Mitt Romney Weighs in on GM, CAFE, and EVs

If elected president, presumptive GOP nominee Mitt Romney said he would quickly sell off the government’s 26-percent share in General Motors, take a long hard look at pending fuel efficiency mandates, and presumably electric vehicle subsidies as well.

The U.S. Treasury has held onto its stake in GM for 35 months now, and if it were to sell its stock today at $21-something per share, well below its $33 IPO price, the country would lose around $16 billion, but Romney said there was no good reason to hold on.

Instead, he said President Barack Obama wants to avoid an embarrassing financial loss that stands to be a political check against him, thus Obama is not in favor of selling GM stock. But this Romney said he would do in short order, if he won the White House.

“There is no reason for the government to continue to hold (its GM stake),” said the Michigan governor in a lengthy interview with the Detroit News published Tuesday. “The president is delaying the sale of the shares to try and avoid the story that the taxpayer took another loss. I would get the company independent from government and run for the interests of the consumer and the enterprise and its workers – not for the political considerations of government officials.”

Furthermore, Romney said, he would review pending Corporate Average Fuel Economy (CAFE) mandates slated to put the industry on course toward a “54.5 mpg” fleet-wide average (actually about 40 mpg or so on window stickers) by 2025.

A comment offered by Obama spokesman Matt McGrath generally countered the views aired by Romney, who in 2008 famously wrote a New York Time Op-Ed urging the country not to bailout Detroit automakers, and let them go bankrupt.

“The last time Gov. Romney weighed in on the future of the auto industry, it was to suggest that we let Detroit go bankrupt, a betrayal no Michigander is likely soon to forget,” McGrath said. “As someone who was dead wrong about the industry’s present, Mitt Romney is the last person who should be offering advice about its future.”

Romney told the Detroit News his intentions and statements have been mischaracterized and Democrats are “distorting” his record.

“If they needed help coming out of bankruptcy and government support, that was fine, but I was not in favor of the government writing billions of dollars in checks prior to them going into bankruptcy,” he said.

But as of this week, Romney is still weighing in on an industry in the sphere of which he grew up as the privileged scion of former American Motors Executive George Romney, who’d climbed to the top of that now-shuttered company’s ranks decades ago.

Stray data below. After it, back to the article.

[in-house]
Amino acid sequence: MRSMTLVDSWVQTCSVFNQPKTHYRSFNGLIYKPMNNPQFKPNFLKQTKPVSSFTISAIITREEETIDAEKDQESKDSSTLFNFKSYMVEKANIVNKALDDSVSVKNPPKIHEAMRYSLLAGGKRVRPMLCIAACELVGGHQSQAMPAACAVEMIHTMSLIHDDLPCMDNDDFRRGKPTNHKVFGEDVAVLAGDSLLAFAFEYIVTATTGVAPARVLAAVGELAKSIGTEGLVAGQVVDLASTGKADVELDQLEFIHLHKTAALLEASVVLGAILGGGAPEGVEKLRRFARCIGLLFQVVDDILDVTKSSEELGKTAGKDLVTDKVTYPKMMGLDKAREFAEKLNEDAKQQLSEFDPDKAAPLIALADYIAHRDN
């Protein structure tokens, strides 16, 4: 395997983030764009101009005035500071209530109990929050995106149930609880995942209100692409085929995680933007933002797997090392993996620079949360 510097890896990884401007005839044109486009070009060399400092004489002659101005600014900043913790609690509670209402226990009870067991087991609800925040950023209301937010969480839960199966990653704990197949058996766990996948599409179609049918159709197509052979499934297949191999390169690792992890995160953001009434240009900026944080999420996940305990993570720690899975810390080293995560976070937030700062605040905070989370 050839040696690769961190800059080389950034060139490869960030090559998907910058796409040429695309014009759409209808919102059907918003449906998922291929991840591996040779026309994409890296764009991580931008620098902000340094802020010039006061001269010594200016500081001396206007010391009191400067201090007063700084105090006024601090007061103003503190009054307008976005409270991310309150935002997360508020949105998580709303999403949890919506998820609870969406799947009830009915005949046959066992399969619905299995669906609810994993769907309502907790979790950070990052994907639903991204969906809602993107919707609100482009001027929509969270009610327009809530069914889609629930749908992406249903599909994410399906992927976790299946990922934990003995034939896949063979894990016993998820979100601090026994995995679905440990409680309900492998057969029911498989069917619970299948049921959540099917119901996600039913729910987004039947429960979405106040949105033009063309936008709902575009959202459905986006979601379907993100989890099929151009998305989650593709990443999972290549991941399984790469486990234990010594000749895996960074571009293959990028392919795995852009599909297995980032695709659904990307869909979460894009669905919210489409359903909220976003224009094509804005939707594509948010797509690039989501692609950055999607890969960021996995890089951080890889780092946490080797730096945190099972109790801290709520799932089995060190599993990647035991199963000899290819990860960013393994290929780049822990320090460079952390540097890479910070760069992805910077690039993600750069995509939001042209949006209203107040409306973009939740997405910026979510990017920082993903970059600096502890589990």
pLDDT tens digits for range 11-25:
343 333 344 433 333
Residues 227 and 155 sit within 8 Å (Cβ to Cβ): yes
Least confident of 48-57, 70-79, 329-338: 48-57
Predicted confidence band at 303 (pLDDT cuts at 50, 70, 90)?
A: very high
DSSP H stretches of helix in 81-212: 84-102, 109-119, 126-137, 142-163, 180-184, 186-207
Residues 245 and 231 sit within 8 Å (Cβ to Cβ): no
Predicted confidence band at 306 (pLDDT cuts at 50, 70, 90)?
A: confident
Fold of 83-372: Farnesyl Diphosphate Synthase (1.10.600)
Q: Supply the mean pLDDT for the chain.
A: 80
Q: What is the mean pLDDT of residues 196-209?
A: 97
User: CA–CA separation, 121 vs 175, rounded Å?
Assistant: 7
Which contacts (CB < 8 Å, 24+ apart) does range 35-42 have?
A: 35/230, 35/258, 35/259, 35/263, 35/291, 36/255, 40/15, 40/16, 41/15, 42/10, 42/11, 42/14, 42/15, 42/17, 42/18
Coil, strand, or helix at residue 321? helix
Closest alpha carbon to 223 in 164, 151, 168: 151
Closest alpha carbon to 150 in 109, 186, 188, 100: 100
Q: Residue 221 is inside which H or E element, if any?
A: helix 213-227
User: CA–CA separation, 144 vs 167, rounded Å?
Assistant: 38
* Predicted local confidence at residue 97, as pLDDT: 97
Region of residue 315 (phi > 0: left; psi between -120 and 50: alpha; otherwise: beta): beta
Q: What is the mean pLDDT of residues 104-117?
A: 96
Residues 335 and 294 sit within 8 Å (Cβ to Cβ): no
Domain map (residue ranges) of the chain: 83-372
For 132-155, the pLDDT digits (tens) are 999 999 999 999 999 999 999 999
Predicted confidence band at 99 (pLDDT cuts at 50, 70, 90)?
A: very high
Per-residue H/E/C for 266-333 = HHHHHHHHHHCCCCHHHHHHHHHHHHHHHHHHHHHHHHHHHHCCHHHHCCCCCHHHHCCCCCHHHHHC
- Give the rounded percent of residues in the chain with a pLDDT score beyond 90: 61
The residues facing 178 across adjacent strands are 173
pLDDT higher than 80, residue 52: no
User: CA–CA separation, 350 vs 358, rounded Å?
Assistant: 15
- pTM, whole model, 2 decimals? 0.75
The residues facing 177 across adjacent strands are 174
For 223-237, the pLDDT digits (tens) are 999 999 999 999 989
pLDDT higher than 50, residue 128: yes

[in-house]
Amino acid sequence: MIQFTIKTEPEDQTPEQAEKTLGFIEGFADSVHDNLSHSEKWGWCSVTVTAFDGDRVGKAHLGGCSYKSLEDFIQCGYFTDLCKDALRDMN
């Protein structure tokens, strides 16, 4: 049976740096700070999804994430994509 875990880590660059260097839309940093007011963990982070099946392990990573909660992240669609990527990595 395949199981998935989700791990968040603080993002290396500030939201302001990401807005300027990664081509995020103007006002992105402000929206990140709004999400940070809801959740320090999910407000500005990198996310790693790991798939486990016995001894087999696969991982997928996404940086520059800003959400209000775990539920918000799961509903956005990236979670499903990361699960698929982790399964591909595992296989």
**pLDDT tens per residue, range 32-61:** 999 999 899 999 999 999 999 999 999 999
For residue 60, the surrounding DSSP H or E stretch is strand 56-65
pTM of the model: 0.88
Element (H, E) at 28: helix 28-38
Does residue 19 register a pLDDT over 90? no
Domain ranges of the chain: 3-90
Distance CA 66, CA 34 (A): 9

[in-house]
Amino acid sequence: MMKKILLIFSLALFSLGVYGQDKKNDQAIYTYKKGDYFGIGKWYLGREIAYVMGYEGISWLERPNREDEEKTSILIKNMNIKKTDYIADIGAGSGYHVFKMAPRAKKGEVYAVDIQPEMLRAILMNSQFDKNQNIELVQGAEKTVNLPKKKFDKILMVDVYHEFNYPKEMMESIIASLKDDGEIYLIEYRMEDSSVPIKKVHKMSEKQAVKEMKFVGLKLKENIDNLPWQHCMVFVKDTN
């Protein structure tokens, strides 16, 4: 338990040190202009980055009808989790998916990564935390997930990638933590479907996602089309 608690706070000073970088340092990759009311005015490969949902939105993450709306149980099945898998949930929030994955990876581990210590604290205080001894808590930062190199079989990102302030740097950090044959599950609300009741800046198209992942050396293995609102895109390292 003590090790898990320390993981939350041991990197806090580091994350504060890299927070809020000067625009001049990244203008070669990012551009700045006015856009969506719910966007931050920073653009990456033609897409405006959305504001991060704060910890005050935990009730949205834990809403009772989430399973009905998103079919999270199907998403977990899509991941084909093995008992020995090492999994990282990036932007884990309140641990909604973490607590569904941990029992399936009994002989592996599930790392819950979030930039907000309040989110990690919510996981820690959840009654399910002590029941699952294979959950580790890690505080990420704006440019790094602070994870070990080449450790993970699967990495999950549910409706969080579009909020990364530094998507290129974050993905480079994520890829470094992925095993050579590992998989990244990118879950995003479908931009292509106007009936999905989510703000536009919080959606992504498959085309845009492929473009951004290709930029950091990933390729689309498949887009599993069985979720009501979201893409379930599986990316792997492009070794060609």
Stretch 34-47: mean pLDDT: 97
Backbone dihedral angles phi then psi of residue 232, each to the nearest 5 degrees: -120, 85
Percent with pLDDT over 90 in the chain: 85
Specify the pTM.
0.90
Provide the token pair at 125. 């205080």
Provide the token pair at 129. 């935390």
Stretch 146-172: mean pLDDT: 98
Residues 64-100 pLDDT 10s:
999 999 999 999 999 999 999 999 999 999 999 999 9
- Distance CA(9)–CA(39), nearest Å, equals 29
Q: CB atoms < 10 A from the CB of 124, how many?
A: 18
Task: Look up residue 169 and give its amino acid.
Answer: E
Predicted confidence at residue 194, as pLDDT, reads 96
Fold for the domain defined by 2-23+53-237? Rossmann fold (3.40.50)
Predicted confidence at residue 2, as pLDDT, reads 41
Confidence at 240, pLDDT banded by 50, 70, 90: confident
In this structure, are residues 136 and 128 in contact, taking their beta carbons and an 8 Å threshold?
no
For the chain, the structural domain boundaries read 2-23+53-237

Romney also said CAFE is not likely such a good idea, represents intrusion into the free market by the Obama-led government and he’d try to find “a better way of encouraging fuel economy” rather than solely relying on efficiency mandates.

“The best approach is to try and build vehicles that people want, rather than having the government telling the companies what they must make,” he said to the Detroit News.

“I would work with the manufacturers to find ways to encourage fuel economy on the part of the consumer. But trying to have the manufacturer push the product on the consumer — that the consumer doesn’t want — is not the right approach.”

The Obama administration has also been a major champion for plug-in electric vehicles and hybrids. It has pushed for even higher plug-in vehicle subsidies and incentives on the supply side and consumer demand side of the equation to get the fledgling industry flying on its own. Those plus CAFE requirements – not to mention European legislation beyond the purview of the American president – are expected to be key motivation in developing more electrified automotive solutions in coming years, but Romney said he sees failure written on the EV wall already.

The Obama-led government is, Romney said, trying to “to force a market to adopt a technology that people aren’t interested in.”

What do you think?

The post-bankruptcy New GM is now posting record profits, and the auto industry is on course to developing advanced-technology vehicles ranging from fuel-efficient conventional cars, natural gas, diesel, electrified, and even hydrogen fuel cell vehicles to meet CAFE – not to mention European – efficiency requirements.

The Detroit News offered other commentary saying Romney was off base, but what would be best regarding government attempts to influence the direction of the auto industry? If CAFE standards were relaxed, and EV incentives removed as one might surmise could happen, would the industry be better for it?

An oft-repeated appeal is to “let consumers decide” or variations thereof. However, in times past, the U.S. auto industry has not shown itself willing to as aggressively pursue advanced technology that could actually wean the world off of oil. If given the longer leash of a closer-to laissez-faire approach, do you think the industry might be more inclined to be like a junk food manufacturer and go for more expedient solutions that average consumers would still buy?